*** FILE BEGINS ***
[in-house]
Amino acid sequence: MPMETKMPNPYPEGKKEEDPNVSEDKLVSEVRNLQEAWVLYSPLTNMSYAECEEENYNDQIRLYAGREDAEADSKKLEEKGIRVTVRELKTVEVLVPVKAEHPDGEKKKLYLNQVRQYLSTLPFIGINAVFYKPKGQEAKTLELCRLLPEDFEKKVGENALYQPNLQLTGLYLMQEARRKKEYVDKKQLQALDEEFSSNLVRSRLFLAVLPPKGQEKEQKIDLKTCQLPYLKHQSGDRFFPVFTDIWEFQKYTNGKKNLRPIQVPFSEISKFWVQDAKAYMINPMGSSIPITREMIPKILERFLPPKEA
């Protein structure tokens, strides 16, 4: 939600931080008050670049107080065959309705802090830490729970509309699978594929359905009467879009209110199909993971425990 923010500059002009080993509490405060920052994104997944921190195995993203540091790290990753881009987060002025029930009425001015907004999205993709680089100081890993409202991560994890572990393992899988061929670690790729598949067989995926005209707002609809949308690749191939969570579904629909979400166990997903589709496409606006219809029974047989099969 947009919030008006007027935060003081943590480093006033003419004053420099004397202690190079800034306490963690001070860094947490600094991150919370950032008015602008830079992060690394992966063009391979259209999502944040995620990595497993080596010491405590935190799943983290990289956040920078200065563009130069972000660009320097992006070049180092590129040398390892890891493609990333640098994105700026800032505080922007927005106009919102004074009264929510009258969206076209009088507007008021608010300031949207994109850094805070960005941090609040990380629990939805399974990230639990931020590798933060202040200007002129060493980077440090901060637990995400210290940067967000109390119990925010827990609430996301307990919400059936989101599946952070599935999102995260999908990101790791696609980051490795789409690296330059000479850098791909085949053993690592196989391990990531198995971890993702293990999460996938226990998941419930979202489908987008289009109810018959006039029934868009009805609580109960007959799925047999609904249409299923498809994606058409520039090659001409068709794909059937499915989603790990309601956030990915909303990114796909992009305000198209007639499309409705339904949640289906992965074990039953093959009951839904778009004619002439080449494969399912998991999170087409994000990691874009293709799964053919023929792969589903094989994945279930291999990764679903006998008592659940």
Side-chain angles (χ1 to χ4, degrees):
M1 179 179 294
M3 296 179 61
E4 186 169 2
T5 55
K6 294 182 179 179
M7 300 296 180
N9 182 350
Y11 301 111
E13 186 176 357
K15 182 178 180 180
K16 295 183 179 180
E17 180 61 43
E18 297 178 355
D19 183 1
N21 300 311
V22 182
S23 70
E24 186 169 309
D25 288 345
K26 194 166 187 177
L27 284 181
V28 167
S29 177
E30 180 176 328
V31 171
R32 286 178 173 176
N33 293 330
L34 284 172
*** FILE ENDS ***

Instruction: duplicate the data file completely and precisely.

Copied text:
[in-house]
Amino acid sequence: MPMETKMPNPYPEGKKEEDPNVSEDKLVSEVRNLQEAWVLYSPLTNMSYAECEEENYNDQIRLYAGREDAEADSKKLEEKGIRVTVRELKTVEVLVPVKAEHPDGEKKKLYLNQVRQYLSTLPFIGINAVFYKPKGQEAKTLELCRLLPEDFEKKVGENALYQPNLQLTGLYLMQEARRKKEYVDKKQLQALDEEFSSNLVRSRLFLAVLPPKGQEKEQKIDLKTCQLPYLKHQSGDRFFPVFTDIWEFQKYTNGKKNLRPIQVPFSEISKFWVQDAKAYMINPMGSSIPITREMIPKILERFLPPKEA
């Protein structure tokens, strides 16, 4: 939600931080008050670049107080065959309705802090830490729970509309699978594929359905009467879009209110199909993971425990 923010500059002009080993509490405060920052994104997944921190195995993203540091790290990753881009987060002025029930009425001015907004999205993709680089100081890993409202991560994890572990393992899988061929670690790729598949067989995926005209707002609809949308690749191939969570579904629909979400166990997903589709496409606006219809029974047989099969 947009919030008006007027935060003081943590480093006033003419004053420099004397202690190079800034306490963690001070860094947490600094991150919370950032008015602008830079992060690394992966063009391979259209999502944040995620990595497993080596010491405590935190799943983290990289956040920078200065563009130069972000660009320097992006070049180092590129040398390892890891493609990333640098994105700026800032505080922007927005106009919102004074009264929510009258969206076209009088507007008021608010300031949207994109850094805070960005941090609040990380629990939805399974990230639990931020590798933060202040200007002129060493980077440090901060637990995400210290940067967000109390119990925010827990609430996301307990919400059936989101599946952070599935999102995260999908990101790791696609980051490795789409690296330059000479850098791909085949053993690592196989391990990531198995971890993702293990999460996938226990998941419930979202489908987008289009109810018959006039029934868009009805609580109960007959799925047999609904249409299923498809994606058409520039090659001409068709794909059937499915989603790990309601956030990915909303990114796909992009305000198209007639499309409705339904949640289906992965074990039953093959009951839904778009004619002439080449494969399912998991999170087409994000990691874009293709799964053919023929792969589903094989994945279930291999990764679903006998008592659940």
Side-chain angles (χ1 to χ4, degrees):
M1 179 179 294
M3 296 179 61
E4 186 169 2
T5 55
K6 294 182 179 179
M7 300 296 180
N9 182 350
Y11 301 111
E13 186 176 357
K15 182 178 180 180
K16 295 183 179 180
E17 180 61 43
E18 297 178 355
D19 183 1
N21 300 311
V22 182
S23 70
E24 186 169 309
D25 288 345
K26 194 166 187 177
L27 284 181
V28 167
S29 177
E30 180 176 328
V31 171
R32 286 178 173 176
N33 293 330
L34 284 172